still felt nothing, but fear was making a comeback. Feeling too much got
you killed in the rubble. It took a lot for me to feel something. It
was all too much now. I wanted it to end. The machinations of fate were
too much. The unknown was before me, and I was scared as I should be.
“You must have something interesting under there.”
“There’s nothing. Trust me.”
“Mind if I take a look? Seeing as you’re in the business.”
He took hold of the cuffs between my hands, and they popped open. The door latched shut with a clang.
He held my throat up against the wall.
up.” He got the stick strapped to his back and held it to my throat,
ready to deliver a shock to paralyze my throat, killing me.
I couldn’t breathe. Sputtering for air, black took over my vision. I couldn’t see, couldn’t speak.
He peeled back the rubber. His hands searched me. He was so strong, I couldn’t fight. His lips found mine.
My hands found his gun and grabbed on.
He pushed me against the webbed window.
I pressed the gun in my hands to the soft spot under my chin.
His hands locked onto the gun.
I pulled the trigger, and nothing happened.
He got the gun from me and threw my rubber suit at me.
guards in rubber suits held my arms. I walked between them, not wanting
to make them angry — I didn’t want to get hurt again.
took me through rusted hallways with bands of bright steel. We went
around corners and up flights of steps. It made my head spin. The bright
bands of steel grew into entire corridors and entire floors. We stopped
at a set of gleaming doors. The doors slid aside to a tiny room with no
The corridors had no windows either.
My burly guards and I got in the tiny room. The doors shut behind us.
I felt motion. My ears popped. The doors opened.
tall, wide woman was waiting for us. Yellow light bathed the room.
Sheer draperies hung about the place in place of doors. Light stone
pillars supported a stone ceiling. Pillows and cushions were everywhere.
Padded furniture filled the rooms. It was like the pictures in books.
We didn’t see the sun anymore except there, like in the books. They handed me over to her.
The big woman took my arm. They left, and the doors shut.
was a rag doll in the lady’s hands. She was so much bigger than me. She
tapped a stick to my suit. The suit formed seams and peeled away. I
held everything in place. The rubber blackened in my hands. She shoved
me into a pool of warm water. The ash washed off my skin.
I did what she said — I didn’t want her angry with me.
“Dry.” She threw me a thick towel.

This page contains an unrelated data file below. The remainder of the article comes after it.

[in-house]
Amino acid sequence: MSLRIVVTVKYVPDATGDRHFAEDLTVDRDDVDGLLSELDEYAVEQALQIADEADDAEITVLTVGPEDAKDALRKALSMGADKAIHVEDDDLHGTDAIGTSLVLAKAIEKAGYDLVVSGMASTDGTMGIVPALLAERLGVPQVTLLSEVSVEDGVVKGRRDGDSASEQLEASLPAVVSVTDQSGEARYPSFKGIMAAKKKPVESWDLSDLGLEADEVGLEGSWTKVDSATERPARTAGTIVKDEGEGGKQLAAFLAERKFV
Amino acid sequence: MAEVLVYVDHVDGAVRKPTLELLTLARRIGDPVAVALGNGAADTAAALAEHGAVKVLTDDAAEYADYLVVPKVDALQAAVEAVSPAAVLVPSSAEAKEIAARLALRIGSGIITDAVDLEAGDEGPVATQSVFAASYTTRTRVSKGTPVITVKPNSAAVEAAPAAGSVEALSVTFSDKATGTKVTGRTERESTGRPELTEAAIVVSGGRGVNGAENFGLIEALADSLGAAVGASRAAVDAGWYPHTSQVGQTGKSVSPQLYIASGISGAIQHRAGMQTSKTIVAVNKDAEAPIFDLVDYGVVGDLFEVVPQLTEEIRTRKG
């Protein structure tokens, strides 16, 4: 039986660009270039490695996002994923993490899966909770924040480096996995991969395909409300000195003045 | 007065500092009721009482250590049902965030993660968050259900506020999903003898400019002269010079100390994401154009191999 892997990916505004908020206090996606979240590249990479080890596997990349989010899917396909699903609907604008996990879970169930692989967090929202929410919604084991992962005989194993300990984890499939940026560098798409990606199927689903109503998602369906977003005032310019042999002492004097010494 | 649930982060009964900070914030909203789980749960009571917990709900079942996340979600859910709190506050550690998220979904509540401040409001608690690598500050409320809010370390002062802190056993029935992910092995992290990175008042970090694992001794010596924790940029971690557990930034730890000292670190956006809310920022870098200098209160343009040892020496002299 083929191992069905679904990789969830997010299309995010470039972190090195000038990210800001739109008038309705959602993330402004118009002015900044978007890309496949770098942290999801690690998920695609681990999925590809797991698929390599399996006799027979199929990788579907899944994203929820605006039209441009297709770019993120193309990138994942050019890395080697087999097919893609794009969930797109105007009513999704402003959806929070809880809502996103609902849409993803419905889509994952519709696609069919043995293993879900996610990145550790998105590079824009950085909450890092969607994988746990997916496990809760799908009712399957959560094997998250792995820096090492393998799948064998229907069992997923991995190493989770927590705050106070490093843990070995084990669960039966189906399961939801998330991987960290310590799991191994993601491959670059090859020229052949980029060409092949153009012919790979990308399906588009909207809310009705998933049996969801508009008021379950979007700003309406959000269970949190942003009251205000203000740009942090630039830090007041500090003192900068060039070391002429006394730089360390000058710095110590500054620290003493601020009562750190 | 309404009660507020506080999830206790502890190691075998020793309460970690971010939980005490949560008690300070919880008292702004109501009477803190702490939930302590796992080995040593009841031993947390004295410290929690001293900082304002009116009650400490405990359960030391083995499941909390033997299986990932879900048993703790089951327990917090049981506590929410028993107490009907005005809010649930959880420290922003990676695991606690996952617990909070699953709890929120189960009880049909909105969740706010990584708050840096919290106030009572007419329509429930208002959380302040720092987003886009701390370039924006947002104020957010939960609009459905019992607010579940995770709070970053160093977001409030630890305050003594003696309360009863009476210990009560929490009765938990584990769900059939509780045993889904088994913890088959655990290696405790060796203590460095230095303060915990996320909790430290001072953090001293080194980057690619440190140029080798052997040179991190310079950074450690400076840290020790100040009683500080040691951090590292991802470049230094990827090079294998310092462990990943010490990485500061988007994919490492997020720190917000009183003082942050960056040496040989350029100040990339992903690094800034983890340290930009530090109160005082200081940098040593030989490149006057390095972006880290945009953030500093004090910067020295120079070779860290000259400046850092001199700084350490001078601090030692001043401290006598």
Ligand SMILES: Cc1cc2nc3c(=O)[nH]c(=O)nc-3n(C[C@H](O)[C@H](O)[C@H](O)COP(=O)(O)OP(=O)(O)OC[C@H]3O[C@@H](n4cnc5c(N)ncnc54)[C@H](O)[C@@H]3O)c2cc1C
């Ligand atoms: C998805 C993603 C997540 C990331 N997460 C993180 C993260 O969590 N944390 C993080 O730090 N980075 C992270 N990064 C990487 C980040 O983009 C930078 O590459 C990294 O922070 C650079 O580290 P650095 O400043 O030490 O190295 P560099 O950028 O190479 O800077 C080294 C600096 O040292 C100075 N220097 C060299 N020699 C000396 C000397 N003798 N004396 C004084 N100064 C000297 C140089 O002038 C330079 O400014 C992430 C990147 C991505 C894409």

A clean smell covered me.
tossed a sheer dress at me. I put it on. Nothing would be left to the
imagination. It was long and joined in the middle with magic where the
ends met. She threw me into a chair.
My hair lengthened by a stick she waved across my head. She swirled my hair around and stuck it in place with sharp pins.
“The Prince needs a compatible host and mother for his offspring. That’s you. Aren’t we lucky, dear girl?”
I spit across the room. It wasn’t a bad thing in the rubble.
grabbed my cheeks, making my lips open like a fish. “Cut that out,
dear.” She pressed a pin on her ample bosom. Pain radiated from the pins
in my hair. I screamed in agony until it stopped.
took me from that room through others to a room with a gilded cage
swinging from the ceiling. She dragged over a stool. The cage door swung
I wasn’t going in there.
“Step up, dear.”
I shook my head.
Electricity arched over me.
I cried out, but goddammit I wasn’t going in.
She shoved me.
I fell against the steps.
“Up you go.”
The electricity surged again. I cried there on the top step.
Then my legs moved. I couldn’t stop it. My body stood up and ascended the steps. The gilded cage shut with a twang.
left me. I was there for hours and hours. A plate piled high with food
was within my reach and a jug of wine. I sat on the floor. The wind blew
through the room. It was warm against my skin. The sheer fabric blocked
nothing. I felt in my hair for the pins. I took a hold and pulled. My
fingers tingled painfully. I took a piece of hard bread and put it
between my teeth.
No one could hear me scream. That matron would rush in and zap me.
pulled the pin free, screaming into the hard bread. Tears flowed down
my face. The taste of metal filled my mouth. Then, it stopped.
stuck the freed pin into the lock of my gilded cage. Then, pulling
another pin arced electricity through the pin in the lock, making the
door spring open. I jumped down from the cage. The dress bound my feet
together too tight. I ripped off the front in a wide strip. I went in
the direction of the breeze. It led to an archway and a long strip of
stone sticking out into midair.
walked to the end and looked out below. Green stretched out far and
wide, and gleaming glass towers rose up miles under my feet. It was the
Before the rubble, before the disaster, before everything went wrong — before.
life was over. I wouldn’t be the Prince’s concubine. He would
impregnate me in the way all men wanted me. I would bear his son or
daughter. If a daughter, the whole thing would repeat.
If I struggled, if I refused him, if I didn’t eat — they would take control and force me.
My life was over.
They wouldn’t have control. I took a step and floated away to peace — my death at last.